Mary Baker Eddy


Can we forget the power that gave us life? Shall we forget the wisdom of its way? Then ask me not amid this mortal strife— This keenest pang of animated clay— To mourn him less; to mourn him more were just If to his memory ’twere a tribute given For every solemn, sacred, earnest trust Delivered to us ere he rose to heaven.

The third version is that composed by Mrs. Eddy many years later. By then, this event had become the moment of revelation of Christian Science, and in it her fall on the ice and her recovery were likened almost to death and resurrection, cast in the language of the gospels and complete with attending witnesses and doubters.

From our perspective, this fall on the ice can be seen as Mrs. Patterson’s acknowledgment that she had lost Quimby’s strong arm to support her and that she was floundering. Her marriage, weakened further by her wholehearted attachment to Quimby, now fell apart completely. Friendless and alone, she spent the next four years wandering from one strange household to another, often living on the charity of others and offering to pay her way by teaching the method of cure she had learned from Quimby. She seemed to be groping toward an arrangement in which she could teach healing to a partner who then would engage in the practice of it.

Her most treasured possession was a manuscript she had copied down from the rambling reflections which Quimby dictated to receptive patients. She labored over this document, writing long into the night, elaborating the idea which she had got in part from Quimby—but with her own special emphasis—that the true mission of Christ was to heal the sick and that the scriptures contained the key to this religious message. She hoped to write a concordance to the scriptures, verse by verse, illustrating this thesis.

After many unsuccessful attempts at finding someone to work with she found at last a young man, a twenty-one-year-old box-factory worker named Richard Kennedy, with whom she set up formal partnership and moved back to Lynn in May, 1870. She was to elaborate the theory and he was to do the healing and to refer to her those of his patients who might be interested in learning the method. She was forty-nine years old.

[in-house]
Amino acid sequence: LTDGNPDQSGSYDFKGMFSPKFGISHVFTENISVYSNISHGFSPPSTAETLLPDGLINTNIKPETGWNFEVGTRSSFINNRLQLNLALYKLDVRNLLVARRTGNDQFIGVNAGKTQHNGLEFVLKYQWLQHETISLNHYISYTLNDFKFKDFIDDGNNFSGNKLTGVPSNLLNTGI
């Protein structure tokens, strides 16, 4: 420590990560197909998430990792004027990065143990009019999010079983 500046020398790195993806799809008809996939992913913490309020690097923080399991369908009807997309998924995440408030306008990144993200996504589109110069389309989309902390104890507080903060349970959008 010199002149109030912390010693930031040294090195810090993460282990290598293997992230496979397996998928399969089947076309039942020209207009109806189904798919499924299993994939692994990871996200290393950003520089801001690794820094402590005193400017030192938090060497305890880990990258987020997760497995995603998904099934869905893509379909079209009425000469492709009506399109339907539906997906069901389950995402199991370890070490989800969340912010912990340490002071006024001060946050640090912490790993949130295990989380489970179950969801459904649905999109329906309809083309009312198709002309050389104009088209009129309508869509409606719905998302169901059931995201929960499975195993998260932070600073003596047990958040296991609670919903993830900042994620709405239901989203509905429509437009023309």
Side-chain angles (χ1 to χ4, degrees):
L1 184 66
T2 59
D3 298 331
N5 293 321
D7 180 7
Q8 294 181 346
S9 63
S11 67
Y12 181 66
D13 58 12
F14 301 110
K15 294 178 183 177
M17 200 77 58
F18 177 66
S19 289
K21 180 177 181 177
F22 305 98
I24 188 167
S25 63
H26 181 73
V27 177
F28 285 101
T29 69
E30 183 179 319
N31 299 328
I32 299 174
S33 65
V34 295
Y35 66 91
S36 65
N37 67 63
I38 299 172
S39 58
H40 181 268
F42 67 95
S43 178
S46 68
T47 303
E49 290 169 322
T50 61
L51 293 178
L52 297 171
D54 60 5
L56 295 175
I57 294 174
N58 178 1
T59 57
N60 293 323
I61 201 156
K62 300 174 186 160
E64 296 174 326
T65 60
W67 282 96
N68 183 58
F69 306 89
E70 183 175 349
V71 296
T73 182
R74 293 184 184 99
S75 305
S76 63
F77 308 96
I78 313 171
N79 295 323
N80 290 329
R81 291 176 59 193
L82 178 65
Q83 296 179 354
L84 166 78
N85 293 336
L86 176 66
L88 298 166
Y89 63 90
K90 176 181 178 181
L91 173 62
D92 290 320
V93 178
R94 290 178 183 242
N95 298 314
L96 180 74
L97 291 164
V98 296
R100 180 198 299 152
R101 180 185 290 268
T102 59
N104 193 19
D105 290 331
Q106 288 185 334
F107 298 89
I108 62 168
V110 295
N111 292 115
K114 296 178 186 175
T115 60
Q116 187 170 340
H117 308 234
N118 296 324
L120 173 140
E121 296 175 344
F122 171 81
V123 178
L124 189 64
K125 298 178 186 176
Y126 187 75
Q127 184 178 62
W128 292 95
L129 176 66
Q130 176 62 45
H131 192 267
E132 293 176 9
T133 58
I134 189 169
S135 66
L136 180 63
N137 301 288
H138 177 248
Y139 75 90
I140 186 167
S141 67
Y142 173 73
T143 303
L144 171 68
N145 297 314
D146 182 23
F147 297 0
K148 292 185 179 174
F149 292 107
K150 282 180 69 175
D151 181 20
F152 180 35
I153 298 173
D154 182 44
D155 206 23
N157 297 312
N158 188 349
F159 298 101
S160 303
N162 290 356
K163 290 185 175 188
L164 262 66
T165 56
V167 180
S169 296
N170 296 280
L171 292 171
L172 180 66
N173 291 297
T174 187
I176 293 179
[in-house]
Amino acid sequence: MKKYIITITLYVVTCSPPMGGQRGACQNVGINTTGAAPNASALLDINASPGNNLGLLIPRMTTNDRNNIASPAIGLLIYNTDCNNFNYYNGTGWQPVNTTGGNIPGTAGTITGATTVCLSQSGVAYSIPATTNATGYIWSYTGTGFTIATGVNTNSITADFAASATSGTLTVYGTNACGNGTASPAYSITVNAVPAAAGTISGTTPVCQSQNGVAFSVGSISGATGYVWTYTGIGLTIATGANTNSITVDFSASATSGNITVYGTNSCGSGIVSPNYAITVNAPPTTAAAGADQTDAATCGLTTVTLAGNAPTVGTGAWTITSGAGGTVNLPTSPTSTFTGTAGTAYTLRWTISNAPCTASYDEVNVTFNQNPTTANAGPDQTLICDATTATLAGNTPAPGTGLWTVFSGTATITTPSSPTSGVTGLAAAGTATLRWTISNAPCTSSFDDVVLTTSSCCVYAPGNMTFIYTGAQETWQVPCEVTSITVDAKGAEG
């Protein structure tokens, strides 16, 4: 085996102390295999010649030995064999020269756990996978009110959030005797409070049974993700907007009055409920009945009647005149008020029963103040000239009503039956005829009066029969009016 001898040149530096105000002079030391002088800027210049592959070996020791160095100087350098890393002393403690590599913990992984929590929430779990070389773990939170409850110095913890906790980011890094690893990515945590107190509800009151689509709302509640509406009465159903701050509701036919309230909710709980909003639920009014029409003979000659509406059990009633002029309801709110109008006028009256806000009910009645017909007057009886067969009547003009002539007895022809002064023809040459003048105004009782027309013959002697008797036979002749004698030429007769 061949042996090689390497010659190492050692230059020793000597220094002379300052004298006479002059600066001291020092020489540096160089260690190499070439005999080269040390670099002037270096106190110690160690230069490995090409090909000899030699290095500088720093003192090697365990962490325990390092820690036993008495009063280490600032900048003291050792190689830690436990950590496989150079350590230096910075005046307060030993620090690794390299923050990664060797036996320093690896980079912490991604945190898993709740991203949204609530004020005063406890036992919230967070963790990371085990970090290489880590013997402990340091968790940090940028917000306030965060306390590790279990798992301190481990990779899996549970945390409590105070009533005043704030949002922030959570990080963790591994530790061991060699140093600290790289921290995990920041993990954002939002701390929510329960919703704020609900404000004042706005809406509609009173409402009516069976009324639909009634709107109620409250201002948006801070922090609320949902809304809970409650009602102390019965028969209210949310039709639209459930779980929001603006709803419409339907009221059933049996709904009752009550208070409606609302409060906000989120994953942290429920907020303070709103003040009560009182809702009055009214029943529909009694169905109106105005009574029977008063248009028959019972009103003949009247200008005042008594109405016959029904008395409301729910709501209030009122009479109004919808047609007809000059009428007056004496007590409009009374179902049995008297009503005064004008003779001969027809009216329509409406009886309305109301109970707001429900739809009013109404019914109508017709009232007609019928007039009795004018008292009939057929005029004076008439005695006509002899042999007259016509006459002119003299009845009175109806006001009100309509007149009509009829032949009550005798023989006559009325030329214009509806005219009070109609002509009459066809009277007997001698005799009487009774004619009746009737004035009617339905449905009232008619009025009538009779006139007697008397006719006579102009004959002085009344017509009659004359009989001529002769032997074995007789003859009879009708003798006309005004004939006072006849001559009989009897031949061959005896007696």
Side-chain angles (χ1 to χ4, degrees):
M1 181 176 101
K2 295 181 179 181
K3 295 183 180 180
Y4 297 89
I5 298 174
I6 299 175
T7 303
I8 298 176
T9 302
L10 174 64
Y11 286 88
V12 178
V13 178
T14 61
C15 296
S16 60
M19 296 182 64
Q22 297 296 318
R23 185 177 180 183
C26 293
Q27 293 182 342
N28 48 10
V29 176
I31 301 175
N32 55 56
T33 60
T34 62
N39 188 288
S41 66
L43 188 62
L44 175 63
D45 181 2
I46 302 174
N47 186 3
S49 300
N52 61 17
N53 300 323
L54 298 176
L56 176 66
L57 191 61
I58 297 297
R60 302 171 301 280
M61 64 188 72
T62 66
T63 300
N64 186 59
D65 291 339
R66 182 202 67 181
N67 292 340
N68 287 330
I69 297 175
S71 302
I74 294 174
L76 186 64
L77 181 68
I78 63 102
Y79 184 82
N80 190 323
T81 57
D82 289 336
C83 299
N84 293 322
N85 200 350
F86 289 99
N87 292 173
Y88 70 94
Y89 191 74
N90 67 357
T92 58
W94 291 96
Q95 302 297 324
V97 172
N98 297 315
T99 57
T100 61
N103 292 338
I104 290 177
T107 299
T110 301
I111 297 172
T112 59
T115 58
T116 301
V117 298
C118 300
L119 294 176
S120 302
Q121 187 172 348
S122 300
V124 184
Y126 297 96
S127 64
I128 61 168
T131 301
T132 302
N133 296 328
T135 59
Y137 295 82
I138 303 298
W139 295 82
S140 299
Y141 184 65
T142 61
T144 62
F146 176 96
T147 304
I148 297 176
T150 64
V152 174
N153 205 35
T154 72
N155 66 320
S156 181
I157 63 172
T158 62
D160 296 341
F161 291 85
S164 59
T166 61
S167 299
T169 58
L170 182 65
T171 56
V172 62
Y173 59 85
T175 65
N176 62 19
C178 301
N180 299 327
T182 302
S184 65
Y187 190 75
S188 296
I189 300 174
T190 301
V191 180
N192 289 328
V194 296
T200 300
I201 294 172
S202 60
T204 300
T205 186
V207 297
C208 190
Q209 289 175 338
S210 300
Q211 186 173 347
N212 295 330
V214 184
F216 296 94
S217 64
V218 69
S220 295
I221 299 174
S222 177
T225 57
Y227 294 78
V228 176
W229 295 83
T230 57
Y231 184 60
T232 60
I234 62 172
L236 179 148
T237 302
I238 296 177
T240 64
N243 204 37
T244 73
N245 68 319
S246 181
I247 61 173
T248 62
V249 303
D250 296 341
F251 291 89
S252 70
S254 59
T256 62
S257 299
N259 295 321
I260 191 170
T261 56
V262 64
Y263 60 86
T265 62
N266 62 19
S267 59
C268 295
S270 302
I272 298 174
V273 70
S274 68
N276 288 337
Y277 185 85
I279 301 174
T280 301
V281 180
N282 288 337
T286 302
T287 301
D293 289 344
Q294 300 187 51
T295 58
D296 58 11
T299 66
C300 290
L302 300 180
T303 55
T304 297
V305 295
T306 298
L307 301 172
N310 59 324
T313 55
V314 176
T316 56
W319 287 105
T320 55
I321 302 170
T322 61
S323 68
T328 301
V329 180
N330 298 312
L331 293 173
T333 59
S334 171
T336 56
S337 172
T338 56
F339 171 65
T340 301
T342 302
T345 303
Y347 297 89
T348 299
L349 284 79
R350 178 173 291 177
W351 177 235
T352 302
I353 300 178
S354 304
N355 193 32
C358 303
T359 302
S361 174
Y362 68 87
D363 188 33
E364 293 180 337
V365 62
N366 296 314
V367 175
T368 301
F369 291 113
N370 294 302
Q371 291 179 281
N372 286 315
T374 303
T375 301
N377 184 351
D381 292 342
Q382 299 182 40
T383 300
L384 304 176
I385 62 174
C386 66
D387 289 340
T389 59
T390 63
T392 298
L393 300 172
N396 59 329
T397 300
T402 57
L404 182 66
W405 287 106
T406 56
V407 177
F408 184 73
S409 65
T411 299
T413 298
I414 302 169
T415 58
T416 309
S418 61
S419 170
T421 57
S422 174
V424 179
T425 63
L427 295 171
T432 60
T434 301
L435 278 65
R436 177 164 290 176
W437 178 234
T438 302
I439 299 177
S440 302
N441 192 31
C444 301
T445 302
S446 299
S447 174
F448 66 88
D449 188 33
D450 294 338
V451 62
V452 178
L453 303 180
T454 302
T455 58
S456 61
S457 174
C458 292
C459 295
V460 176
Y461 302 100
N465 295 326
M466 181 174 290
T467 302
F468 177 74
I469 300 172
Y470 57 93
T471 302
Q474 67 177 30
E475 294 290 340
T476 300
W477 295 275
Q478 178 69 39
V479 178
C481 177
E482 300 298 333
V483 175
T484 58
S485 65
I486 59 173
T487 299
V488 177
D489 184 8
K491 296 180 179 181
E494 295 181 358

They were an immediate success. By the fall of 1870 she had assembled her first class. She required at first that a pupil pay one hundred dollars in advance for a course of twelve lectures and either 10 per cent of subsequent earnings from practice or, if the student failed to practice, a sum of one thousand dollars to make up for what would have been earned by doing so. She very shortly raised her fee to three hundred dollars, a large amount that in later years she felt obliged to justify by attributing it to divine guidance.

As a regular feature of those early teaching sessions, the group of students would gather in the apartment shared by Kennedy and Mrs. Patterson, or, as she called herself once again, Mrs. Glover. Kennedy would manipulate the head and solar plexus of each student, purportedly to put her or him into the best frame of mind to receive Mrs. Glover’s teachings. This rubbing, a vestigial practice of mesmerism, had also been used by Quimby, who found that simple explanation and exhortation were more effective when accompanied by the laying on of hands. Perhaps in Kennedy’s hands the practice was more arousing, but for whatever reason, those early students found it undesirable, inconsistent with the message their teacher was trying to inculcate, namely that there was no sensation in matter and that whatever feeling there was came from belief.

Mrs. Glover tried to convince Kennedy to give up the touching part of his practice. He was reluctant, feeling as Quimby had that it was a powerful vehicle into the patient’s sensibilities, a powerful support to his therapeutic efforts, and that without it his practice—his livelihood—would suffer. The difference between them was irreconcilable, and in April of 1872 Mrs. Glover and Richard Kennedy broke up their partnership and divided their assets. Her share was six thousand dollars, a substantial sum for those days. Another factor in their separation was that Kennedy was courting a woman of his own age; Mrs. Glover resented any personal interests that might distract her students from attention to her teachings.